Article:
Raiders embrace ground attack
ALAMEDA, Calif. — Turns out that even among NFL veterans the guys that tote the football get all the fame.
Quarterback Carson Palmer arrived in Oakland last month knowing he'd be playing with two talented running backs in Michael Bush and Darren McFadden.
The other guys that make the running game go were more of a mystery.
"I didn't know how well this offensive line and the fullback play," Palmer said. "I didn't know how good those guys were until I was here and witnessed it first hand. I didn't realize they were that dominant up front and that powerful upfront. It's been a pleasant surprise."
Jared Veldher, Stefen Wisniewski, Samson Satele, Cooper Carlisle and Khalif Barnes start on the offensive line with Joseph Barksdale and Stephon Heyer having also played key roles as reserves or extra blockers this season.
Marcel Reece and Manase Tonga are the Raider fullbacks and Kevin Boss and Brandon Myers have been primary tight ends this season.
Collectively, they have helped the Raiders become one of the dominant running teams in the NFL.
And it doesn't matter if it's the speedy McFadden or the physical style of Bush in the backfield.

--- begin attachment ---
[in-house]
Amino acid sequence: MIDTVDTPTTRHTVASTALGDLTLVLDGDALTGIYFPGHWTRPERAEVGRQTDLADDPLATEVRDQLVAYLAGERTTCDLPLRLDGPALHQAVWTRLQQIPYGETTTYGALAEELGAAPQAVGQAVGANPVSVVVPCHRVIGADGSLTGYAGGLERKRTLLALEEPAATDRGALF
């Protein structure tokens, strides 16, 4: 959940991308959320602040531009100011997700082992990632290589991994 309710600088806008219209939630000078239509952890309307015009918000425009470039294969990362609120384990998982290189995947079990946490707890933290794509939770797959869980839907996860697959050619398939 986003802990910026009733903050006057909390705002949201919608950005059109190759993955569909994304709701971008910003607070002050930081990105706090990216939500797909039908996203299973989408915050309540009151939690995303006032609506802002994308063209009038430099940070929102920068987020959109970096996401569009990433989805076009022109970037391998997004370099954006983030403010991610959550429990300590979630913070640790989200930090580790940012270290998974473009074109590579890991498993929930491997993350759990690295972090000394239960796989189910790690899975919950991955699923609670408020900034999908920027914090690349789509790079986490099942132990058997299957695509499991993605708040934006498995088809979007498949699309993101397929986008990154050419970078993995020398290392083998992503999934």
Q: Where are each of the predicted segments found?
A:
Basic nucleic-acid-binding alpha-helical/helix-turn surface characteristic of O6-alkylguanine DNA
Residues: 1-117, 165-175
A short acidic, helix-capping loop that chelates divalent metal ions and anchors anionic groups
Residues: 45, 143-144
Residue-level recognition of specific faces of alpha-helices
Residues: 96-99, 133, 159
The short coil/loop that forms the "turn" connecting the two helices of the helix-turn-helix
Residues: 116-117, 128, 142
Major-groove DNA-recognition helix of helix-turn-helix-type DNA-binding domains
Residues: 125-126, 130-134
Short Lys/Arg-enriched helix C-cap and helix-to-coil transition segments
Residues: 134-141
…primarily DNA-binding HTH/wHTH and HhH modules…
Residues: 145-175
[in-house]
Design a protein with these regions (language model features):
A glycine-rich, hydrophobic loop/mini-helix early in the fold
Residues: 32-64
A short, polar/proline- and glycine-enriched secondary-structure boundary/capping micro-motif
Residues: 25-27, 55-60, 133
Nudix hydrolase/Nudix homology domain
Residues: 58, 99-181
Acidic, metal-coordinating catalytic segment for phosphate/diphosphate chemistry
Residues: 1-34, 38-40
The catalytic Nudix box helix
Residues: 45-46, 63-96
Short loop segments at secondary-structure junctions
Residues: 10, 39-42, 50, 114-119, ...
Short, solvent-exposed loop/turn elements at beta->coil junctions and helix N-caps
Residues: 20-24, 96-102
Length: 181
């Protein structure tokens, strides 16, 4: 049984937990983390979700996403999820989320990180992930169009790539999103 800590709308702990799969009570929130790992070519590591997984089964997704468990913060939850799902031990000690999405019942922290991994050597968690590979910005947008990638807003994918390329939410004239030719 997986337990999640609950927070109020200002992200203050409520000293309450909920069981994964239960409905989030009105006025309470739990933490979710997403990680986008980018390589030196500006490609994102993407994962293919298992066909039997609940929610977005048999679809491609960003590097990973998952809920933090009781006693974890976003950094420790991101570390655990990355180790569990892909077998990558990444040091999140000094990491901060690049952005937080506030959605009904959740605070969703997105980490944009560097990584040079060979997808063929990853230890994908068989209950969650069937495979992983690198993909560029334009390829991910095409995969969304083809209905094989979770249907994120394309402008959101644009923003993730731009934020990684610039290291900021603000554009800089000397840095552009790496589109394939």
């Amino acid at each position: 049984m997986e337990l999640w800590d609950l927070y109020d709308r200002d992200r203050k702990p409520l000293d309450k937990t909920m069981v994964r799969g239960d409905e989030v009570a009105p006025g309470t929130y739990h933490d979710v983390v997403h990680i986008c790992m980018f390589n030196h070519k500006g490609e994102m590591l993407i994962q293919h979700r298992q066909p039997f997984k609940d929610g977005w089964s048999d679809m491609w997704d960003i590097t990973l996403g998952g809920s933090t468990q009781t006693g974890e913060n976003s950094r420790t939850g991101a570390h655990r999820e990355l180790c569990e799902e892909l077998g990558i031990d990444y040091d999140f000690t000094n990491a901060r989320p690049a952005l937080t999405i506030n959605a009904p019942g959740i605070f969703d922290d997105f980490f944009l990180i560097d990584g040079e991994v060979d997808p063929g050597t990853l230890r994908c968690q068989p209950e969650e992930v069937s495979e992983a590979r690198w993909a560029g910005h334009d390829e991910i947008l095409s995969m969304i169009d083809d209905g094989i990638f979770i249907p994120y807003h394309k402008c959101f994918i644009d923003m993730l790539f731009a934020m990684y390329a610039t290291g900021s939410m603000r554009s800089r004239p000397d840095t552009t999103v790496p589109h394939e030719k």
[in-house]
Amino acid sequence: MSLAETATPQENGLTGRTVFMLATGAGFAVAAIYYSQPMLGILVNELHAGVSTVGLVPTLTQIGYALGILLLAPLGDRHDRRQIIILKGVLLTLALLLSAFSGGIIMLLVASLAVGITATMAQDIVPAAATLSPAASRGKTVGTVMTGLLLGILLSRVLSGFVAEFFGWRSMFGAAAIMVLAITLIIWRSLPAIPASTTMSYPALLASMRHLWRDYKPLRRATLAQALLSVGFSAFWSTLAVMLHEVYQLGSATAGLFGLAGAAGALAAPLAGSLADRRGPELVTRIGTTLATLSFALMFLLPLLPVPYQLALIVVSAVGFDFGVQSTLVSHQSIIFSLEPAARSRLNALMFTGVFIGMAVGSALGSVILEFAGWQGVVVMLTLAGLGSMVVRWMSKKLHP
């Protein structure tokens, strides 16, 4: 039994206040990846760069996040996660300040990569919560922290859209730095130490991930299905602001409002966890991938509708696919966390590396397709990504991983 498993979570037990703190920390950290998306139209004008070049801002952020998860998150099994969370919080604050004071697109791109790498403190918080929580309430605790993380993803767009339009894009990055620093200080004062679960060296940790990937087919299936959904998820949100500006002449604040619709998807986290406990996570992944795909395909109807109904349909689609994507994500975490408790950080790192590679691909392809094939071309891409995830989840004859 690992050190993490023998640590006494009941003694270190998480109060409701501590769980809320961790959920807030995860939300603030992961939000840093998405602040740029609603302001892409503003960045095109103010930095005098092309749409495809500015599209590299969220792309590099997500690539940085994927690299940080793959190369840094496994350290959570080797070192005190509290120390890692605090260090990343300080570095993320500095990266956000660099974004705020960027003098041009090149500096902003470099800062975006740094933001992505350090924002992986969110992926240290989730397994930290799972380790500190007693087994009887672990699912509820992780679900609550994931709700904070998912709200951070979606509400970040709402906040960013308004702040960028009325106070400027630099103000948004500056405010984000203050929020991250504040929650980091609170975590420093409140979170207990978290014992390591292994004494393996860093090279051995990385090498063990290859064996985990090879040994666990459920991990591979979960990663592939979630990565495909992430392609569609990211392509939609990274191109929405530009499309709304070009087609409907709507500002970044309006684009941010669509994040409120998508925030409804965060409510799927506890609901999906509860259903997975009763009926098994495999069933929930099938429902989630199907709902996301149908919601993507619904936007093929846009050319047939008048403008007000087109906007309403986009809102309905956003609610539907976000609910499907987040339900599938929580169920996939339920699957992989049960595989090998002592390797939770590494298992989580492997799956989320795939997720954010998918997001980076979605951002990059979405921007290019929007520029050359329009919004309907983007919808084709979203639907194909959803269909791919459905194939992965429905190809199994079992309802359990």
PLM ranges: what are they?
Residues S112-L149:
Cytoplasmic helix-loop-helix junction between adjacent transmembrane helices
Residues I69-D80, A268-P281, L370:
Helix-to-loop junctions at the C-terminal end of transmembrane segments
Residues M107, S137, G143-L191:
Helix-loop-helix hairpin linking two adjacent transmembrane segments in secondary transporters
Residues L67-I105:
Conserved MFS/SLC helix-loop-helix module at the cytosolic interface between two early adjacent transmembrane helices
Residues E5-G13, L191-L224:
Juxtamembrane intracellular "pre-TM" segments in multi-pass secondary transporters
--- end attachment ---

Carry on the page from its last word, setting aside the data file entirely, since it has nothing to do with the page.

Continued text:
"I think we've got great backs, in Darren and Bush," said Veldheer, who plays left tackle. "We know what. We knew that all along."
McFadden was the leading the NFL in rushing before going down with a foot injury. Bush, however, has stepped in and the overall running game still ranks third in the league.
Bush took over during the first quarter of the Raiders' loss to Kansas City on Oct. 23 and has averaged 115.3 yards in four games. McFadden has missed the past three with a foot sprain.
"It challenges you to just be sound in gap control and being disciplined," said Chicago Bears coach Lovie Smith on playing the Raiders this Sunday. "Good offensive line, big solid offensive line, and running backs ... We have to be disciplined and make sure that everyone is in their gap and just be ready to tackle and put on your big boy pads."
The Raiders average 156.8 rushing yards and are tied for the league lead with 13 rushing touchdowns. The Raiders also lead the NFL in runs of 20 yards or more with 19.
Denver (5-5) at San Diego (4-6)